Medicine, Pellegrino taught, is possessed of an internal morality which is likewise ontological and inherent, not defined or validated by physicians or by the profession; the authority of this internal morality is independent of whether physicians accept it. "[This] authority," he taught, "arises from an objective order of morality that transcends the self-defined goals of a profession." The telos of medicine, and hence its internal morality, are not subject to constraints of time, religion, social constructs, or the preferences or whims of an autonomous individual.
Autonomy as Stewardship
To be sure, Pellegrino was the champion of patient autonomy. But he taught that individual autonomy, properly understood, is necessarily bounded by community, and subject to the objective order of morality. In that context, the inherent beneficence of medicine is the protector of both the individual and the community. The most vulnerable of the community—the aged, the infirm, the disabled—the least of these—are susceptible to coercion as the "right" to die becomes the subtly implanted "duty" to die, and that which is "voluntary" today may become the legislated "standard of care" tomorrow. Autonomy, he says, is a matter of stewardship:
[In] medical ethics . . . autonomy, freedom, and the supremacy of private judgment have become moral absolutes. On this view, human freedom extends to absolute mastery over one's life, a mastery which extends to being killed or assisted in suicide so long as these are voluntary acts . . . this is a distorted sense of freedom that denies life as a gift of God over which we have been given stewardship as with other good things.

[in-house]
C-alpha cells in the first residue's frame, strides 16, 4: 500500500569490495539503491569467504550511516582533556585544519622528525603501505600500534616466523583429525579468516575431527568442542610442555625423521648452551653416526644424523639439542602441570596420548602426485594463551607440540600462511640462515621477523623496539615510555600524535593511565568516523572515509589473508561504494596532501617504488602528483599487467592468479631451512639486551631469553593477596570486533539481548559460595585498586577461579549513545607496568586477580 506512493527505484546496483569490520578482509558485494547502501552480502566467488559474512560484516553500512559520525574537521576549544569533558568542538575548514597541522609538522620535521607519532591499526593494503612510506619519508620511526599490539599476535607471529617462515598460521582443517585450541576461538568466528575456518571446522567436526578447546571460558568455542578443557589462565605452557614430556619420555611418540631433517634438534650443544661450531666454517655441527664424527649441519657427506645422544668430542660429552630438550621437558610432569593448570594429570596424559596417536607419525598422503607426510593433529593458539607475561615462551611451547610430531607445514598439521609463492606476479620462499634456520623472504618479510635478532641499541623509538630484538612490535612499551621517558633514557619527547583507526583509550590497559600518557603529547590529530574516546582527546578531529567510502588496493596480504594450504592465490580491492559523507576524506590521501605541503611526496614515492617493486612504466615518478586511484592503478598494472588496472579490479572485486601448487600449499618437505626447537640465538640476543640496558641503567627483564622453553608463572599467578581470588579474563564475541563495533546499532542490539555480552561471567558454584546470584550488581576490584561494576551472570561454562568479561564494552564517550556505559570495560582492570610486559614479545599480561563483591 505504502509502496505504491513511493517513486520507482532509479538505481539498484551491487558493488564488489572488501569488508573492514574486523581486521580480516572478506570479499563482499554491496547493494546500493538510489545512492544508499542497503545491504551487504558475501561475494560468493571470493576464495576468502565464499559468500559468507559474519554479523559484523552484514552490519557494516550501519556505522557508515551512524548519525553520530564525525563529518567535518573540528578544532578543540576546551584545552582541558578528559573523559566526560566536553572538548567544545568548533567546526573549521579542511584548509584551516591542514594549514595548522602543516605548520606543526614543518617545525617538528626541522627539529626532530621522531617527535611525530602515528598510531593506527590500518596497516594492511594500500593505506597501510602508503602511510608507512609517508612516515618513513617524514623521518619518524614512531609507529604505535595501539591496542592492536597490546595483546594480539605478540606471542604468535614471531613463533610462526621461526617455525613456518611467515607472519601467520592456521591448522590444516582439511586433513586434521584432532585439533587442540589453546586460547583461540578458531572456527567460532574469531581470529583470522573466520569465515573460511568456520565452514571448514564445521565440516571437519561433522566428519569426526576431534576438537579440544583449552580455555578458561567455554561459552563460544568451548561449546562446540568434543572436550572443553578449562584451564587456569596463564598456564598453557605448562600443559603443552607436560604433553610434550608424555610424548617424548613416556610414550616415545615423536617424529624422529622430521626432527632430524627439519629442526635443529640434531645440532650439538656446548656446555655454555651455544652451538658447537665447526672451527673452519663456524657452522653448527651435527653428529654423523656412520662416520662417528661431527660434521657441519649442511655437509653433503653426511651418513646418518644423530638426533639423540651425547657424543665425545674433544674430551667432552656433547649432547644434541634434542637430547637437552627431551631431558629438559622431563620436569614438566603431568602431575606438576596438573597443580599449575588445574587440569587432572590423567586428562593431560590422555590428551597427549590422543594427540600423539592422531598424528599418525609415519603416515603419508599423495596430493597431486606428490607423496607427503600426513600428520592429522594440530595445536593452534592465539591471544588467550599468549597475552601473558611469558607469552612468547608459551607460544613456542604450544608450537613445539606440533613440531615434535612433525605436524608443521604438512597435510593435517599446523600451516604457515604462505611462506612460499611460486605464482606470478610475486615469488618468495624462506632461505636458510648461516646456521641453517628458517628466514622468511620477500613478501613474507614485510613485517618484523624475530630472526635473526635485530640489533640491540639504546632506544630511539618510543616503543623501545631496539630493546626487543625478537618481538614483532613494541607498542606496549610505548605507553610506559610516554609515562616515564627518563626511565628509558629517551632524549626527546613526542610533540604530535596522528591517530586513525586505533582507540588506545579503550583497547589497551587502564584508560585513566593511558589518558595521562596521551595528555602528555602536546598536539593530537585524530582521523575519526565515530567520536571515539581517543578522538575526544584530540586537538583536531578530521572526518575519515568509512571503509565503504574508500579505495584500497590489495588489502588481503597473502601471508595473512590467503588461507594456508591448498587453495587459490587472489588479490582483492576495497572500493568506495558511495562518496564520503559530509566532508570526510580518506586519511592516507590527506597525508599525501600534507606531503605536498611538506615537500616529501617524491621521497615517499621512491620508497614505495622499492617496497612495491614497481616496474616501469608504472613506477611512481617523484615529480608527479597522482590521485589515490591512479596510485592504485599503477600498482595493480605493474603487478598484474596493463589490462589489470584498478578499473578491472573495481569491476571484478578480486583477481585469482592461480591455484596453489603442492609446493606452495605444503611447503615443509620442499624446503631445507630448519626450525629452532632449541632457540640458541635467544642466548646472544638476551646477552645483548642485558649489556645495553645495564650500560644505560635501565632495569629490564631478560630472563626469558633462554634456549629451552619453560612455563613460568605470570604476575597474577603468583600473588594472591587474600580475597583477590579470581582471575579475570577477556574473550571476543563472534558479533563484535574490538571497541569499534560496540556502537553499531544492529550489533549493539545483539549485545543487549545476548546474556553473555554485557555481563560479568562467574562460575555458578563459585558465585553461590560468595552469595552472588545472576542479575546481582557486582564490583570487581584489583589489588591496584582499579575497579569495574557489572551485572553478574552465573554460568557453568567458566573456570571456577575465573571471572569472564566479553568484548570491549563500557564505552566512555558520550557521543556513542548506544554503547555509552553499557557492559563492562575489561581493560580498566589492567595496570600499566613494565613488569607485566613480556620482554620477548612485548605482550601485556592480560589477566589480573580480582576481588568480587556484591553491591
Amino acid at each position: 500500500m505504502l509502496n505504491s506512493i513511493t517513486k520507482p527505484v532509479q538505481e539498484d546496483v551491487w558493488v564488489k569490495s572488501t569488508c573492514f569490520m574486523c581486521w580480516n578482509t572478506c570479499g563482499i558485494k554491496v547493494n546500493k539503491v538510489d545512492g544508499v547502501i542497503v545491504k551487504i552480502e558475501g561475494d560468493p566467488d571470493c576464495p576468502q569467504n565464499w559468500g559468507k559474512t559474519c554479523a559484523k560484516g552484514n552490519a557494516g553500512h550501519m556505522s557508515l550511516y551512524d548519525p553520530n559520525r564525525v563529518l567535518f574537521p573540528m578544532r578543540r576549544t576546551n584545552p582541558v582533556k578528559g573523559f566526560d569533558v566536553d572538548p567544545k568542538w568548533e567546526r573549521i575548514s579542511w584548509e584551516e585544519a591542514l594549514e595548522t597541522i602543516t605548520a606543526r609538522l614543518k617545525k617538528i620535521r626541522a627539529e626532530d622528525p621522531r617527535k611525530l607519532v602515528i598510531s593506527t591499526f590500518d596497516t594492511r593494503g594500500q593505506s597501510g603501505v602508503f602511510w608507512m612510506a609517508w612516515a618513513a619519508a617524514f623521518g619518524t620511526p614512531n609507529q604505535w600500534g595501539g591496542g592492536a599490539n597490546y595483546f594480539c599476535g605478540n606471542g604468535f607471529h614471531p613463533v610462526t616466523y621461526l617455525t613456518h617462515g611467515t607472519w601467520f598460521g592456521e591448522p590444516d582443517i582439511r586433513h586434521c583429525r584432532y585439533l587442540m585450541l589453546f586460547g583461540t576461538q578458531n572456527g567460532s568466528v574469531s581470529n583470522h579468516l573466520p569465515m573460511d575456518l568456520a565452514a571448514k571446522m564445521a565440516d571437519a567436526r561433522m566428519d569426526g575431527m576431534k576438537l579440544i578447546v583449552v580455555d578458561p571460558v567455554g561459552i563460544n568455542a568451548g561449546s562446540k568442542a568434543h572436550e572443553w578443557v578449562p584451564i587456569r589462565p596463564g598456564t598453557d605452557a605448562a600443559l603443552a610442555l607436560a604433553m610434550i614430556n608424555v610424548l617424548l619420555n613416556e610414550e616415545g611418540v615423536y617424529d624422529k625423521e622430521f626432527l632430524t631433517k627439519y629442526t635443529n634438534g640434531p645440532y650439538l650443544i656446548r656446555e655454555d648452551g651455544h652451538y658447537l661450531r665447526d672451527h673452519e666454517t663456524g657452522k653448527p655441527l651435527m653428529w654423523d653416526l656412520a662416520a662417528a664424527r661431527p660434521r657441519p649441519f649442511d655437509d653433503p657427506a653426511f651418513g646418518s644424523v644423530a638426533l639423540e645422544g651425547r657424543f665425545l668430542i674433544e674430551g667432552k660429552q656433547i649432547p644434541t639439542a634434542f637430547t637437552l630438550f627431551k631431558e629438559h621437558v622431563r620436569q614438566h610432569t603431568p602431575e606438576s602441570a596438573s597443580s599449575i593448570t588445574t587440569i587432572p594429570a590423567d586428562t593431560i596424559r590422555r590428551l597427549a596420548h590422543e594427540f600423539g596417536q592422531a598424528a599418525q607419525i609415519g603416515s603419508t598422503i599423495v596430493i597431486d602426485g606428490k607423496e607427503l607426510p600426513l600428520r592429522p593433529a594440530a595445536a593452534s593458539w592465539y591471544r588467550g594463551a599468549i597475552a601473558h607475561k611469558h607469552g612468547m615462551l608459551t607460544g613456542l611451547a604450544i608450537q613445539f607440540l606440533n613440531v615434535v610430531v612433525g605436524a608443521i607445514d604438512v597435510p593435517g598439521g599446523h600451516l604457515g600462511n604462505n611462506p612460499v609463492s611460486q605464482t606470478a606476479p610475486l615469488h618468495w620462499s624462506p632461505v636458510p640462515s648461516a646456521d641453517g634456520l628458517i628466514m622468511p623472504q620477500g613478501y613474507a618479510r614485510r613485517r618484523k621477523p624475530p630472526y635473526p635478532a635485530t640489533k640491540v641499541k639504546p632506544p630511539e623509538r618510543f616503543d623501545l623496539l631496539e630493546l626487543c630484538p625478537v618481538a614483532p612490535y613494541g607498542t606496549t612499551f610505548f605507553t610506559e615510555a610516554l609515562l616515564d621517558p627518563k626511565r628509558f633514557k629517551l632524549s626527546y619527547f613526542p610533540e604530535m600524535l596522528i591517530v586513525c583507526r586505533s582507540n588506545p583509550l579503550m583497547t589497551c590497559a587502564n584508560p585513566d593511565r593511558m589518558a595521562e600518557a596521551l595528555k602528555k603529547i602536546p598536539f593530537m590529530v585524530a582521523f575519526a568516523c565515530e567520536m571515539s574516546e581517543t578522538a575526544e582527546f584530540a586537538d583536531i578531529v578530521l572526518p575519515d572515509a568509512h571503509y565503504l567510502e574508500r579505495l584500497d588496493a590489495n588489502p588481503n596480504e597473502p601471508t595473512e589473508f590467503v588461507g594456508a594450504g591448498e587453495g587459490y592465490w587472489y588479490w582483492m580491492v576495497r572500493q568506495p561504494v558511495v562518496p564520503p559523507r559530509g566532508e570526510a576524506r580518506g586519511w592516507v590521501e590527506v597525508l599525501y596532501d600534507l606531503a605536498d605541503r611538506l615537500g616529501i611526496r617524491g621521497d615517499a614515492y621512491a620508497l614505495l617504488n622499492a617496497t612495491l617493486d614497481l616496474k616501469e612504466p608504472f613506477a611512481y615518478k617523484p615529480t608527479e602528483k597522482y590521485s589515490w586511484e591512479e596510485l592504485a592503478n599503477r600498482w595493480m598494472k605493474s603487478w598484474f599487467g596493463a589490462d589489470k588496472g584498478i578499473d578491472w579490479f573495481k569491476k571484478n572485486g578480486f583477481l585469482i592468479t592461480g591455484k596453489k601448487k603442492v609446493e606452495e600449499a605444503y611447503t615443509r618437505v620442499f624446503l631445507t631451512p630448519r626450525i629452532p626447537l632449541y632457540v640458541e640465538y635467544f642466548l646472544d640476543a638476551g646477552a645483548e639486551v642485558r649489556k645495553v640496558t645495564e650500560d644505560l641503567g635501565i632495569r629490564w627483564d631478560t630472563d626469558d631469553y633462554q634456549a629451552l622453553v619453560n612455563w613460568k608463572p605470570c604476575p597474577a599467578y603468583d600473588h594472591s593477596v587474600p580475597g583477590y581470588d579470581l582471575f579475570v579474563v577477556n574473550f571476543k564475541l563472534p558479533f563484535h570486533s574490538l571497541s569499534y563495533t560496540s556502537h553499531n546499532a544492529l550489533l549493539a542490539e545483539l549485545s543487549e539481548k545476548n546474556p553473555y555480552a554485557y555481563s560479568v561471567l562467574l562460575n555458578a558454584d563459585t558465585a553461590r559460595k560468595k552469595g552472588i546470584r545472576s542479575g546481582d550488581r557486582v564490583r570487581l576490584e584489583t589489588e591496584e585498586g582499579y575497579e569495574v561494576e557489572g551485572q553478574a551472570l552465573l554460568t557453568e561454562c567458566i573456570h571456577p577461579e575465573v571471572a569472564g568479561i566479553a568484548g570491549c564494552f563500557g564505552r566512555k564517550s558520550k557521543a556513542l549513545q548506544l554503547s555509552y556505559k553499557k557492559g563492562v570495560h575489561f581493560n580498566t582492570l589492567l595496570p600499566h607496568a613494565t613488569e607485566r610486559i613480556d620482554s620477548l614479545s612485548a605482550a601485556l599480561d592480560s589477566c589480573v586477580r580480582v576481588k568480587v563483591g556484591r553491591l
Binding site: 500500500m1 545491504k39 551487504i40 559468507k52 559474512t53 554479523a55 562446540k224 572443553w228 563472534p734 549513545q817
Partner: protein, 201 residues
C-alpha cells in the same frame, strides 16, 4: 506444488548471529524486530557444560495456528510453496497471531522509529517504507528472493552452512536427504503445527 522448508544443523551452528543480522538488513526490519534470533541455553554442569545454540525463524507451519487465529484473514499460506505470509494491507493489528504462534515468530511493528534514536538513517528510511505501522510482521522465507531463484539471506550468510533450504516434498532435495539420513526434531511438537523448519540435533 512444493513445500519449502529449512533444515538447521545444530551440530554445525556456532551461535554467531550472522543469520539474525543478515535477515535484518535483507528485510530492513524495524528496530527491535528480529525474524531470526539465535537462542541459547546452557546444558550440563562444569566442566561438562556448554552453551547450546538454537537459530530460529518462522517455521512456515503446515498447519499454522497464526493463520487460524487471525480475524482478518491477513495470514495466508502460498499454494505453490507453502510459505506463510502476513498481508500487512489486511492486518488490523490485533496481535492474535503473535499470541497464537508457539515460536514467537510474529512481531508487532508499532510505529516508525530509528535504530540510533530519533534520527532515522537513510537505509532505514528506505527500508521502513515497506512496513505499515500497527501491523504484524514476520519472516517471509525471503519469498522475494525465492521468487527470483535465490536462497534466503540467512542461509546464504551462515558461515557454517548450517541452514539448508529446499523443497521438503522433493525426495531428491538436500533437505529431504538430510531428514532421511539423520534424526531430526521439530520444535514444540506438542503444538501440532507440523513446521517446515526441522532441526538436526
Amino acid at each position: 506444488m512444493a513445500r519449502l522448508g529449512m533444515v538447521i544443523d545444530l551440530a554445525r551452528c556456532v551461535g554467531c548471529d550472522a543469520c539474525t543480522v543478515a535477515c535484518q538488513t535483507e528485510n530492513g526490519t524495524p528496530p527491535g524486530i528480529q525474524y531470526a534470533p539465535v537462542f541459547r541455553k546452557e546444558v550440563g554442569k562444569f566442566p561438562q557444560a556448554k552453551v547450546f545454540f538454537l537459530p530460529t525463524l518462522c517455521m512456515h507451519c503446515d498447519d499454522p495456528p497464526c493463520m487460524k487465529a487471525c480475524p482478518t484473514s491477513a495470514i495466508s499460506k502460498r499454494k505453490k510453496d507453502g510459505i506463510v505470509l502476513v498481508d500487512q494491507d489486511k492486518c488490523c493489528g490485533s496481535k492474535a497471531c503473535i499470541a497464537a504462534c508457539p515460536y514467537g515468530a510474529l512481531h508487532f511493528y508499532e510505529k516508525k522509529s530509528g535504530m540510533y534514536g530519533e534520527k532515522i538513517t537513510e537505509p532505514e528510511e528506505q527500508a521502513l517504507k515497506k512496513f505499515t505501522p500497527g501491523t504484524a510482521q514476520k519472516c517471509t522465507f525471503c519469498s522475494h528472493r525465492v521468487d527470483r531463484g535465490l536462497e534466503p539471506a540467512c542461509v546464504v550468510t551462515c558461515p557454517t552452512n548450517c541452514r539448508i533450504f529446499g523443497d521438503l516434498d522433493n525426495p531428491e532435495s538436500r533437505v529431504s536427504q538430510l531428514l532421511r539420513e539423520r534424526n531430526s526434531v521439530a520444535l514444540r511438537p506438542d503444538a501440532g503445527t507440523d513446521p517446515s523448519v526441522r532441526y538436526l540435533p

Medicine, then, is an inviolably beneficent enterprise, a scholarly, skilled, and gentle presence that is, in type and in fact, Christ's healing presence in all the world. The beneficent "right and good healing action" of medicine comes alongside the deeply afflicted, mitigates their suffering, affirms their absolute sacredness in the thick darkness of true compassion—but finally does not send them prematurely and with a glib sense of death into the arms of the Last Enemy.
In Pellegrino's mind, medicine, for the good of society, must remain indifferent to society's coronation of the autonomous self in the latter's acts of self-destruction. It must reject and resist physician-assisted suicide and all other manifestations of the primeval idolatry of self-interest, by which Adam himself paradoxically introduced into the created order the universal human experiences of sickness and death. Thus, at the locus ethicus, the clinical encounter, what we administer to our patients, for life or for death, we administer to
A Permanent Reality
Lamentably, there has arisen a generation that knows not Edmund Pellegrino. The hour is upon us wherein we need to embrace this wise physician, not only in the medical profession, but also in seminaries, at the podium, and in the pulpit. He will be our own shepherding partner as we seek to understand our profession's identity and purpose in the flux of culture.
My dad's day, it turns out, far from having vanished, is instead a permanent reality, woven, as it always has been, into the redemptive fabric of creation. Our profession needs to reclaim the day.
Allen H. Roberts II M.D., M.Div., M.A., is Professor of Clinical Medicine and Chair of the Clinical Ethics Committee at Georgetown University Medical Center in Washington, D. C.